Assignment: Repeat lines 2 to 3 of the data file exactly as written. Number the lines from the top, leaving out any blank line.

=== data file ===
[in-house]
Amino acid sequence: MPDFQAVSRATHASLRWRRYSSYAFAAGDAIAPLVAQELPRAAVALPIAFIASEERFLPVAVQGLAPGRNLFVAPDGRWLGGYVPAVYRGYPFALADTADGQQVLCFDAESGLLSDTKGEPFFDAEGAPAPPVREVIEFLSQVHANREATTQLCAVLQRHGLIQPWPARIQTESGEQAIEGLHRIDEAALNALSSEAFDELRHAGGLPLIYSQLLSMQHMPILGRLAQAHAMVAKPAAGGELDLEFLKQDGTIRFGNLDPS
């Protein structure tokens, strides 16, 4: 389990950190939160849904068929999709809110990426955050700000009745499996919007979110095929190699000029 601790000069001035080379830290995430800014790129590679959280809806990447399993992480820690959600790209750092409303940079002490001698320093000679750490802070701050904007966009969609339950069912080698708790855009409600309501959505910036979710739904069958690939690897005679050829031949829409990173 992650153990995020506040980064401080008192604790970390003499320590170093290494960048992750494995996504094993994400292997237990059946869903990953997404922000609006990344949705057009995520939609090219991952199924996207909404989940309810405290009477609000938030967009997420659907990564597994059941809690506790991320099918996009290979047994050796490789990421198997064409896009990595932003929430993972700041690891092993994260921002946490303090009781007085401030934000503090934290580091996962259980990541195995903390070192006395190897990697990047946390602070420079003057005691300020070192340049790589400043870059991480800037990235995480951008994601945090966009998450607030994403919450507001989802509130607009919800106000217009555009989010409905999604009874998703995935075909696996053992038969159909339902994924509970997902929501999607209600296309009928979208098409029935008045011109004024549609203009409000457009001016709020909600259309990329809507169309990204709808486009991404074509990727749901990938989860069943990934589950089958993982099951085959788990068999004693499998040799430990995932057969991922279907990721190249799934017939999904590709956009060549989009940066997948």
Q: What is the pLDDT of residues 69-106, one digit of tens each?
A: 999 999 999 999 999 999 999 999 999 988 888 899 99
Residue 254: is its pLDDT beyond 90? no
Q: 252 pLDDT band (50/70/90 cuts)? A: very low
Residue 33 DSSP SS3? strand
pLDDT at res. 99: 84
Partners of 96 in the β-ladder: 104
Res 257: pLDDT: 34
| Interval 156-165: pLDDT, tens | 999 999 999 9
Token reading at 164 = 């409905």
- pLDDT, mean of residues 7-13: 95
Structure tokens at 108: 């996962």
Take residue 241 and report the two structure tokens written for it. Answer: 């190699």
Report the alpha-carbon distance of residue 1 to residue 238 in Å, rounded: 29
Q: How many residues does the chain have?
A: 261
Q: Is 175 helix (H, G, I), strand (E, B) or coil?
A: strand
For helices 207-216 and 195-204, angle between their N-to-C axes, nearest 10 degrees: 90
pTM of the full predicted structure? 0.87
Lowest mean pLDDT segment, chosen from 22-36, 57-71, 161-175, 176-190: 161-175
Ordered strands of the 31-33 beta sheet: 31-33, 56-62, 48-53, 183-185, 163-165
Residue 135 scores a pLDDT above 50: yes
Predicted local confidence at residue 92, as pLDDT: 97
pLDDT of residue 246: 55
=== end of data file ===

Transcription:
Amino acid sequence: MPDFQAVSRATHASLRWRRYSSYAFAAGDAIAPLVAQELPRAAVALPIAFIASEERFLPVAVQGLAPGRNLFVAPDGRWLGGYVPAVYRGYPFALADTADGQQVLCFDAESGLLSDTKGEPFFDAEGAPAPPVREVIEFLSQVHANREATTQLCAVLQRHGLIQPWPARIQTESGEQAIEGLHRIDEAALNALSSEAFDELRHAGGLPLIYSQLLSMQHMPILGRLAQAHAMVAKPAAGGELDLEFLKQDGTIRFGNLDPS
């Protein structure tokens, strides 16, 4: 389990950190939160849904068929999709809110990426955050700000009745499996919007979110095929190699000029 601790000069001035080379830290995430800014790129590679959280809806990447399993992480820690959600790209750092409303940079002490001698320093000679750490802070701050904007966009969609339950069912080698708790855009409600309501959505910036979710739904069958690939690897005679050829031949829409990173 992650153990995020506040980064401080008192604790970390003499320590170093290494960048992750494995996504094993994400292997237990059946869903990953997404922000609006990344949705057009995520939609090219991952199924996207909404989940309810405290009477609000938030967009997420659907990564597994059941809690506790991320099918996009290979047994050796490789990421198997064409896009990595932003929430993972700041690891092993994260921002946490303090009781007085401030934000503090934290580091996962259980990541195995903390070192006395190897990697990047946390602070420079003057005691300020070192340049790589400043870059991480800037990235995480951008994601945090966009998450607030994403919450507001989802509130607009919800106000217009555009989010409905999604009874998703995935075909696996053992038969159909339902994924509970997902929501999607209600296309009928979208098409029935008045011109004024549609203009409000457009001016709020909600259309990329809507169309990204709808486009991404074509990727749901990938989860069943990934589950089958993982099951085959788990068999004693499998040799430990995932057969991922279907990721190249799934017939999904590709956009060549989009940066997948």